I get excited about a lot of things. I’m an excitable person. For example, I was super excited to go to Costco yesterday and buy unbelievable amounts of things. Saturday, I was excited to get the footprints off my dark hardwood floors. Last night, I was excited to fold the laundry and put it away (it had been sitting there for a week, so maybe I wasn’t THAT excited about it). Anyway, you get the point.
This past week, I have been excited to start planting a few seeds to get them ready for the garden! I picked up a couple of seed starting kits at Canadian Tire and couldn’t wait to get sowing. I have been collecting a number of seeds from Greta’s Organic Gardens, eco-culture and The Cottage Gardener – Heirloom Seedhouse & Nursery over the past year in anticipation of planting in the backyard of our new home. I’ve grown many things in pots in past years and have been wildly successful, so I was thrilled to have the opportunity (and space!) to do it again.
I purchased the following organic seeds:
- Sub-Artic Cherry Tomato/pink
- Mixed Radish
- Evergreen Hardy Bunching Onions
- Jaune Flammee Tomato
- Black Seaman Tomato/Black
- Golden Plum Dwarf Cherry Tomato
- Spicy Greens Mix
- Red Russian Kale
- Sweet Basil
- Thai Basil
- English Thyme
- Salad Burnet
- Garlic Chives, White
- Lemon Balm
As it’s still really chilly out and was snowing and freezing rain as of Friday, I am slowly starting to plant, fostering germination and then hardening off the plants in small batches. I’ll plan them in pots so I can bring them into the garage in a jiffy, JUST IN CASE Mother Nature decides to continue with this crazy weather.
I started with these four seeds for now, and as the seedlings are large and healthy enough to transplant into pots, I’ll start another batch of seeds.
- Garlic Chives
Sow seed 0.5” deep in pots or flats of soil mix. Germination is very slow. Constant moisture, darkness and warm temperatures are required. When seedlings are 4 weeks old, transplant in the garden. Chives should be divided every 3 years. Leaves can be snipped when plants are 6” tall. You should not cut closer than 2” from the ground since the plants need some leaves to keep growing.
2. Red Russian Kale
Can be either direct-seeded or transplanted, and harvested either as baby leaf or in full-sized bunches. For direct-seeding bunch kale, sow 3 seeds every 8-10” in rows 18-30” apart, thin to one plant per group. For transplanting, start indoors four weeks before soil warms and transplant to same spacing.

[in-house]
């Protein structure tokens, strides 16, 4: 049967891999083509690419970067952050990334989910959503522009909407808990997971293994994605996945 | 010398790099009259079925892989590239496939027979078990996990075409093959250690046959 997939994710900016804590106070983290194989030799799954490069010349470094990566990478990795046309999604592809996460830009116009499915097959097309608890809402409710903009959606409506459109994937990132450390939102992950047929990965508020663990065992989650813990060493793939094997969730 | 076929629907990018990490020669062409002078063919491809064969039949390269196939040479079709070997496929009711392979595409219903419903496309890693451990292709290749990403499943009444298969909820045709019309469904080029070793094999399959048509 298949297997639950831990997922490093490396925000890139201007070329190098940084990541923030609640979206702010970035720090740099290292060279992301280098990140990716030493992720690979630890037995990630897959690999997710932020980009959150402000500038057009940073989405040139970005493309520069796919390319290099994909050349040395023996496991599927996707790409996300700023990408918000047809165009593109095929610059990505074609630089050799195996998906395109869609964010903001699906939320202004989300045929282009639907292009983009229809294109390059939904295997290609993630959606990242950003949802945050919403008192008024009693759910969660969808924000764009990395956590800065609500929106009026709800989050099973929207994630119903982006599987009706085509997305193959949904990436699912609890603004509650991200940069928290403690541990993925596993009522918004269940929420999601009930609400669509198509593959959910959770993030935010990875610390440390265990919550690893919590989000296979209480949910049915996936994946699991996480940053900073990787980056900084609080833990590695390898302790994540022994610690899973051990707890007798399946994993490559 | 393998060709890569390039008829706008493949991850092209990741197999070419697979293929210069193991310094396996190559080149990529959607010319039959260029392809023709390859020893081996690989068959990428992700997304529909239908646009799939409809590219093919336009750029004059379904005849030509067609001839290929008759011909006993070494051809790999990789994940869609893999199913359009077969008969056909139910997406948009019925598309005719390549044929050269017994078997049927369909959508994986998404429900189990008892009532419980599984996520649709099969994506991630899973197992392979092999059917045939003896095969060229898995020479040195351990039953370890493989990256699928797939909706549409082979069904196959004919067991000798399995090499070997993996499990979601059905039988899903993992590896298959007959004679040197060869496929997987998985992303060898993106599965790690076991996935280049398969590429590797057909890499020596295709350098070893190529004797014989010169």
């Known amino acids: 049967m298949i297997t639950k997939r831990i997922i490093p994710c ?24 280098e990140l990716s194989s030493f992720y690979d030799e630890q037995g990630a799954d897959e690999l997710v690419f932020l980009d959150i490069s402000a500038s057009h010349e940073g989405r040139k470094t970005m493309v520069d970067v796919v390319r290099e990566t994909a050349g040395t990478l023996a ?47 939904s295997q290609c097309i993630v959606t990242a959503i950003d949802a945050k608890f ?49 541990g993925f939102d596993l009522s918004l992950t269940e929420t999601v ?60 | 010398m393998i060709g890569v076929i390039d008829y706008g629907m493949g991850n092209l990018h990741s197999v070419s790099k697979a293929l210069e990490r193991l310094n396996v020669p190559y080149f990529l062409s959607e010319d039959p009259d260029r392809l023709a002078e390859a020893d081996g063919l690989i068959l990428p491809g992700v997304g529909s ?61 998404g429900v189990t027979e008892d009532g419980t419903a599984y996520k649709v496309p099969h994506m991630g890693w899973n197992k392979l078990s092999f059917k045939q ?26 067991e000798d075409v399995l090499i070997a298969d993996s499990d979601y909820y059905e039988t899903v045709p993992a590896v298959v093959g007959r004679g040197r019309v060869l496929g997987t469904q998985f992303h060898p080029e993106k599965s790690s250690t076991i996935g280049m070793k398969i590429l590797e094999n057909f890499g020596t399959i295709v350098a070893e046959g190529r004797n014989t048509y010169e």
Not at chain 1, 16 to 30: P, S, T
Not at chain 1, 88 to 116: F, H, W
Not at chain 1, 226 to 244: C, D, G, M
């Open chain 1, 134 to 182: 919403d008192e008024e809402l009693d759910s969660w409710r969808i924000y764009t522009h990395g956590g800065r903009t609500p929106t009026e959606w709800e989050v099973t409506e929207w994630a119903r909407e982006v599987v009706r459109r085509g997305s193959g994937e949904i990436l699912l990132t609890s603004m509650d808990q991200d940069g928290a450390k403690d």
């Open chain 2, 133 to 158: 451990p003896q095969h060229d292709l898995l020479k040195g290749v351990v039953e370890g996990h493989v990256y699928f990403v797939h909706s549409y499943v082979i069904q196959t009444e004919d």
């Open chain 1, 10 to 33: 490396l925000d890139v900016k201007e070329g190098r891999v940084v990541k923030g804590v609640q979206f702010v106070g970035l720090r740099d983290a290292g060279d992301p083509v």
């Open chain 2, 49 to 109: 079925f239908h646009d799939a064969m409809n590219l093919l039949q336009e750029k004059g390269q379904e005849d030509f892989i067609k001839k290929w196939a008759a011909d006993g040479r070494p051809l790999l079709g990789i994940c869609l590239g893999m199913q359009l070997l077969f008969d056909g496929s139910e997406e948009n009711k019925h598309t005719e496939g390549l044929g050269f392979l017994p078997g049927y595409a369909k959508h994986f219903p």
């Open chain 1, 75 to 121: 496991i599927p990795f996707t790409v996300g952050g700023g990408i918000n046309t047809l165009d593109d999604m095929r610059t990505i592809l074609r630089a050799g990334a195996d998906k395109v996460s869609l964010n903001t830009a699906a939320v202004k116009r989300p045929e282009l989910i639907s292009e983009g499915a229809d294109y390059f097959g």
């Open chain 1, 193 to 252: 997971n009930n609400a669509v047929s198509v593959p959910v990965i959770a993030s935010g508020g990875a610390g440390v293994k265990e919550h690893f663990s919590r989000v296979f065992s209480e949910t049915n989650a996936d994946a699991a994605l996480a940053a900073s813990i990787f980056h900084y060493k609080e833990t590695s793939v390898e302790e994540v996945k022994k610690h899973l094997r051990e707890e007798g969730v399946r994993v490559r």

3. Spicy Greens Mix
Sow every 3 weeks for a continuous supply. For transplanting, 3-4 weeks prior to moving outdoors. Sow in flats at 4 seeds/inch or in small –cell plug trays, barely covering seeds with fine vermiculite. Shade if necessary to keep soil below 75 degrees F, on warm days.
4. Lemon Balm
Easily grown from seed, germination is best when seed is uncovered. Ensure that the planting medium does not dry out while the seeds are germinating. Enjoys well-drained soil in full sunlight. Leaf growth may be slow the first year, and more vigorous thereafter. Harvest before the plant flowers, for optimum fragrance.
And so the little seeds have started to germinate!
And now the Spicy Greens Mix and Red Russian Kale are ready to move out of the germinator
I don’t have these labeled, but because they are two completely different plants I won’t have a hard time telling what’s what. If you look really closely, you’ll notice that the Red Russian Kale has a darker outline to the itty bitty leaves.
And so it begins… my little herb and vegetable garden is underway. I will be posting updates of these and everything else I plant. I hope you enjoy this journey!
Have you planted anything yet? Are you planning on having a garden this summer? I’d love to hear about everyone else’s gardens. If you’re in the GTA I’d love to do some seed swapping too, so please get in touch!